The increasing industry focus on semantic search and context based content has created some of the biggest upsets in SEO in years, as well creating a significant surge in social media marketing.

In general though, the only people really upset are old-fashioned SEO’s, who see the new Google Hummingbird algorithm as a giant free for all, potentially undermining the hard work they’ve put into addressing the ambiguity of search engine optimisation over the years. Most users online, and even many businesses, will find it a welcome change though, once they understand how to adapt to it.

Semantic Search – Search Engine as Person

For those who aren’t familiar with semantic search, it’s a concept being implemented by Google to allow them to connect search queries with results that are contextually related to the situation prompting the query, as well as using synonyms and associated ideas to bring users new content. Let’s look at an example:

Using voice search on your smartphone, you ask “Where is the closest good restaurant?”

Firstly, because it’s voice search, Google won’t consider the whole search as necessary to the result and it’ll add some terms of its own where necessary (example: ‘review’ instead of ‘good’), that’s context.

Secondly, it knows that Ed’s Diner is also a ‘restaurant’ even if it doesn’t say so, that’s semantics.

Lastly, because the previous ten times you’ve asked your phone that question, you’ve gone to Wimpy, it includes it even if it isn’t the closest, and that’s a judgement it makes based on your past.

Semantics and context working in unison to provide an answer to your needs, that takes your own preferences into account.

So What’s the Point of SEO?

Looking at how much of personal and unique experience each search query seems to be turning into, you’d be forgiven for thinking that marketing to search engines is becoming pointless, and that you should just market to people instead. Well, you’d be half right

The truth is, you get to work a lot less hard, but you have to work a lot smarter. Carpet bombing content and links all over the web won’t be as good as writing one contextually relevant post that goes viral in the right circles. You need to structure your content strategy in a way that predicts the way those using search engines in the right stage of the buying cycle, behave, and take into account their potential needs, interests and requirements.

But while this concept is all grand and exciting, it’s hard to translate this development into meaningful SEO activities for your business, going forward. Which leads you to:

Simple Tips for the Days of Semantic Search

Less in More

The simplest tip we can give you is: keep calm. If you have a high ranking site, your traffic might drop (significantly for some industries). But the traffic you do get will now be vetted by Google’s contextual breakdown of the query. This means higher buying intent for e-commerce channels, and a better quality of visitor for websites.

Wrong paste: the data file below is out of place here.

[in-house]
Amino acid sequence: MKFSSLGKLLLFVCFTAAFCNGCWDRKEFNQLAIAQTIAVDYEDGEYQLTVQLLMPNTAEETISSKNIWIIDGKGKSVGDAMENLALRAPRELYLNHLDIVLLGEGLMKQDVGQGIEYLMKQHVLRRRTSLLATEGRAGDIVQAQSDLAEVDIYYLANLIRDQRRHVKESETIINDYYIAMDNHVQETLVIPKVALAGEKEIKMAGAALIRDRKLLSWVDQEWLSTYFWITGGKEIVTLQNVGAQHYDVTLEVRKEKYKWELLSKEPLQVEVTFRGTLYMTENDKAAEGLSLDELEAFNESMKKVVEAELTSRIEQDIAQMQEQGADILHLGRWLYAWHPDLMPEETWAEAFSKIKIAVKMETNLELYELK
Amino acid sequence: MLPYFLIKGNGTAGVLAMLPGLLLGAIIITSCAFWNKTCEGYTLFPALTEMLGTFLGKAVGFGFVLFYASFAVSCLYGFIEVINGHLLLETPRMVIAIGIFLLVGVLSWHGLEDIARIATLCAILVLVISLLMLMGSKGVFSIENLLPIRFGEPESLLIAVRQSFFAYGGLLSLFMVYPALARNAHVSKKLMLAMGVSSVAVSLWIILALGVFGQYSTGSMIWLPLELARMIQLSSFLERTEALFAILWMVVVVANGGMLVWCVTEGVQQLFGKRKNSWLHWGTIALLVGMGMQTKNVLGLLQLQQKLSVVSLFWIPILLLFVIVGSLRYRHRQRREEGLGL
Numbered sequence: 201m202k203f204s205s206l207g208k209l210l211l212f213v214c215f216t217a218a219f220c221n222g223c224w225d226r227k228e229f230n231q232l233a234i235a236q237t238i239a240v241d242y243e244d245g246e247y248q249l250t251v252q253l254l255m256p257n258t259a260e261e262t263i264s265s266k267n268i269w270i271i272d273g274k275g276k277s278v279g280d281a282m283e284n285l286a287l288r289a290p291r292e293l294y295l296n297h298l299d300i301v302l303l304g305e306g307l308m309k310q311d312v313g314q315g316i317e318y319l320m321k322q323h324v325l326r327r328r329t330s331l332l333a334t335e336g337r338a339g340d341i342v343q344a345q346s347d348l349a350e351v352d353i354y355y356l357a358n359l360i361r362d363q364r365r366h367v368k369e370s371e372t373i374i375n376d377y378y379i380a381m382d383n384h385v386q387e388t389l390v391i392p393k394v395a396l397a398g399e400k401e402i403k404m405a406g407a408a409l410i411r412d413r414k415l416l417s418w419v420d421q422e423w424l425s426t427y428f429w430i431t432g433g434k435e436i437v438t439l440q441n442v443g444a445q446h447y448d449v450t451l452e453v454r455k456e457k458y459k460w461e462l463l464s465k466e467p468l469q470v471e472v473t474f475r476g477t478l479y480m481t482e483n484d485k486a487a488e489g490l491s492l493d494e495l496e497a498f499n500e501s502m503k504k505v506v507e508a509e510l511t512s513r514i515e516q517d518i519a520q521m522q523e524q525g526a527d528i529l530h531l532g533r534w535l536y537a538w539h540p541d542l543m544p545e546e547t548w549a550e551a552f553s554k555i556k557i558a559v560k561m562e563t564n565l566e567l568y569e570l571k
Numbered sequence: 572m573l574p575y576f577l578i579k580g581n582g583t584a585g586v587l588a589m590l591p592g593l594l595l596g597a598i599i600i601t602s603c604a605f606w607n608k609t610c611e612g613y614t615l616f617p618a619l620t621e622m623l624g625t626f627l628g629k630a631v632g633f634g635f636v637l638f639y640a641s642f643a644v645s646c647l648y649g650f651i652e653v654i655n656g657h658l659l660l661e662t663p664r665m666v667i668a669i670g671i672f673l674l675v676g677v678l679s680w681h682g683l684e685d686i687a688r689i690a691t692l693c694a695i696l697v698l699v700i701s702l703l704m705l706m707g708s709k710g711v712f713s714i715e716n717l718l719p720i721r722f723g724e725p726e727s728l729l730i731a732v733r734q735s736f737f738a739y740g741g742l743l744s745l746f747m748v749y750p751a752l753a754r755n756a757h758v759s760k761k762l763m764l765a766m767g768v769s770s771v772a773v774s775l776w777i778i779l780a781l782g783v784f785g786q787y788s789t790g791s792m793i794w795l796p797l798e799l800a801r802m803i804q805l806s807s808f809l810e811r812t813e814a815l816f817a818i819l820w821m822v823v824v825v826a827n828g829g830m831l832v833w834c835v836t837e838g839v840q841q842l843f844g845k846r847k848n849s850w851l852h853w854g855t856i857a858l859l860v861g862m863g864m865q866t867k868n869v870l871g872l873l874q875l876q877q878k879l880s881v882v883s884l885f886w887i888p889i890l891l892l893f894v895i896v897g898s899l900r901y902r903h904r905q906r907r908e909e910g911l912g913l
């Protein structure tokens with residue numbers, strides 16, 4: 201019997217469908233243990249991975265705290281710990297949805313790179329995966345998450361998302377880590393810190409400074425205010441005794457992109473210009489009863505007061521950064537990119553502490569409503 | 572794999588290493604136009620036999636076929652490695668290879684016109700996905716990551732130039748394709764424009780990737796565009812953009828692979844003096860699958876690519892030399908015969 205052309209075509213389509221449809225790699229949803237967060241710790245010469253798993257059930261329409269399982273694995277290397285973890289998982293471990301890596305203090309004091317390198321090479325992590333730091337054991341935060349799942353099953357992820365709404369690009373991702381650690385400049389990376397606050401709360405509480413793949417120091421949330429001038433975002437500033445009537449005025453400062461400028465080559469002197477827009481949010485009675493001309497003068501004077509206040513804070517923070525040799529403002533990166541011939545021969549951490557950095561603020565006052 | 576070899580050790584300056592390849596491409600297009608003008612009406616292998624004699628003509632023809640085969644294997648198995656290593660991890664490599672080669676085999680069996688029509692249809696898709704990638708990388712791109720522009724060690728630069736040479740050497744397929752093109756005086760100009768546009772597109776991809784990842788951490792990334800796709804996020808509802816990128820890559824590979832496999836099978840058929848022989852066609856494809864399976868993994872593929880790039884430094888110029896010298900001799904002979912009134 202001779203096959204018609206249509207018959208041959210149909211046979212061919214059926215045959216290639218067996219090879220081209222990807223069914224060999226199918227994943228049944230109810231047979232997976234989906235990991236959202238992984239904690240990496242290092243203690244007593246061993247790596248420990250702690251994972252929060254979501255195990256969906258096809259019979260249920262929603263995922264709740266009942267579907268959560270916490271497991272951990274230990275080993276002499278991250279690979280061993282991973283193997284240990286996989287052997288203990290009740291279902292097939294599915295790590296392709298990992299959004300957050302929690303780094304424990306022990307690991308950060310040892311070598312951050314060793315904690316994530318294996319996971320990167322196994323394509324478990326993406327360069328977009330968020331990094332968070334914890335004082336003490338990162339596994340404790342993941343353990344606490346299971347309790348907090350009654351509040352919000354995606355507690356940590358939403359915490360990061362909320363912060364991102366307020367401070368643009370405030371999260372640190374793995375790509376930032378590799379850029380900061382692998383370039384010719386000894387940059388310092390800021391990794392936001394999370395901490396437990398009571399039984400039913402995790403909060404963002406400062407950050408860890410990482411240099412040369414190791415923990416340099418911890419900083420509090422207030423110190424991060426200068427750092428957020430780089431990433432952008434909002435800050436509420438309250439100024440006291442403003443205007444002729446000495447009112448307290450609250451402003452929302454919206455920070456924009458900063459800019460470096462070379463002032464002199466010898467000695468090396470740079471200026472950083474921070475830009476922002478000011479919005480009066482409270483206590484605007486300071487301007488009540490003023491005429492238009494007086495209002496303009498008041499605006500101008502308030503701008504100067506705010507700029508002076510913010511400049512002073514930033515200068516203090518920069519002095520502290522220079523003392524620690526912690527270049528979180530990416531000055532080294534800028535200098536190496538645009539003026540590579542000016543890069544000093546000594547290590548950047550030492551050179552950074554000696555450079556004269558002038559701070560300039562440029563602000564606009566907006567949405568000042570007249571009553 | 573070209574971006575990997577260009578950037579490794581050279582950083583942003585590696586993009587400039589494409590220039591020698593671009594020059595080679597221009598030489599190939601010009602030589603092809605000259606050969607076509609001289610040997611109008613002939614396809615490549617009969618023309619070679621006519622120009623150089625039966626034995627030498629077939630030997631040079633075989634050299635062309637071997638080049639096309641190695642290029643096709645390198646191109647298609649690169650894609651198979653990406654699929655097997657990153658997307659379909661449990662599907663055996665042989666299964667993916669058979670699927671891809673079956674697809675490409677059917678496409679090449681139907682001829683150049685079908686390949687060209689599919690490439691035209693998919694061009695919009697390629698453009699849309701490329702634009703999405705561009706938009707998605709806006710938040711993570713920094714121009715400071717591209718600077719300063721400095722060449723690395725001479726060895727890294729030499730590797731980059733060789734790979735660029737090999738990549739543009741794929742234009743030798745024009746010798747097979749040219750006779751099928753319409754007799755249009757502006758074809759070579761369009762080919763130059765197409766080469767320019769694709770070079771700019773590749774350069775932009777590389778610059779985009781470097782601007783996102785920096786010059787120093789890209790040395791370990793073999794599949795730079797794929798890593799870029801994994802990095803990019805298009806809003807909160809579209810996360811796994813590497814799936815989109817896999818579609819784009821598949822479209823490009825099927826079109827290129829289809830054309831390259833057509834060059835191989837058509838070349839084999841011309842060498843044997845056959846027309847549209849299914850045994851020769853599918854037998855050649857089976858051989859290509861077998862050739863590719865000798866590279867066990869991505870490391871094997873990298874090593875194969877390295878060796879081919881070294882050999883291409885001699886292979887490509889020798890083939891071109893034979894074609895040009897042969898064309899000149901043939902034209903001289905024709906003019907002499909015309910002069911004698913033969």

Semantic Markup

This allows you to use HTML code to give Google insights into what your content actually means. For instance you can indicate that your content is a review and specify its subject and the rating you gave. You can “tag” your address, or establish authorship to link your work to your G+ account and its profile photo.

While this isn’t a ranking factor, it can make your webpages or post look more enticing when they do show up on the SERP, an increase the perceived credibility For instance, a visible authorship has been known to increase Clickthrough-rates by 150% in certain studies.

Time to Get Social

If you’ve been resisting the age of social networking up until now, it may be time to relent. This doesn’t mean you have to get a Twitter account and hashtag and retweet everything related to your industry in a desperate bid to get a follower-base.

It means, if you’re an expert, prove it. Go onto Google+, industry blogs and public forums, or start your own blog. Discuss things that interest you, contribute your opinion where you can, ask some of the right questions when you don’t know, and share where it’s appropriate. In essence, it’s not much different from attending a large industry conference. Except it never ends and the bar is always cash-only

It’s also important to ensure that your SEO strategy is aligned with your social strategy, but with a little effort, that’s not hard to achieve.

Keep it All Linked

This once again relates to how Google sees you. In the earlier example, we spoke about a person looking for a local restaurant. Well for Google to know you’re a local restaurant, it first needs to know what your address is. Similarly, for it to know that the author who’s writing all those amazing articles being recommended on StumbleUpon recommendations works for your company, that author’s profile should be linked to your website.

Ensure that everything you do online, be it a YouTube channel or a Google Maps blip, is linked to your site, to help Google understand who you are, and why you deserve to be ranked.

Some Old Ways Are Still Good Ways

People have been saying ‘Content is king’ for so long that some of them forgot about the rest of the SEO royal family. So don’t let your content and semantic search take up all of your attention.

All your compelling industry musings and pages of semantic markup may all be for nothing if your website is horribly structured, and the pages speeds give your website a dial-up era feel.

Remember that in this context, the website is the product, and all the semantic optimisation in the world won’t help if it goes to a website that doesn’t give the visitor what they want.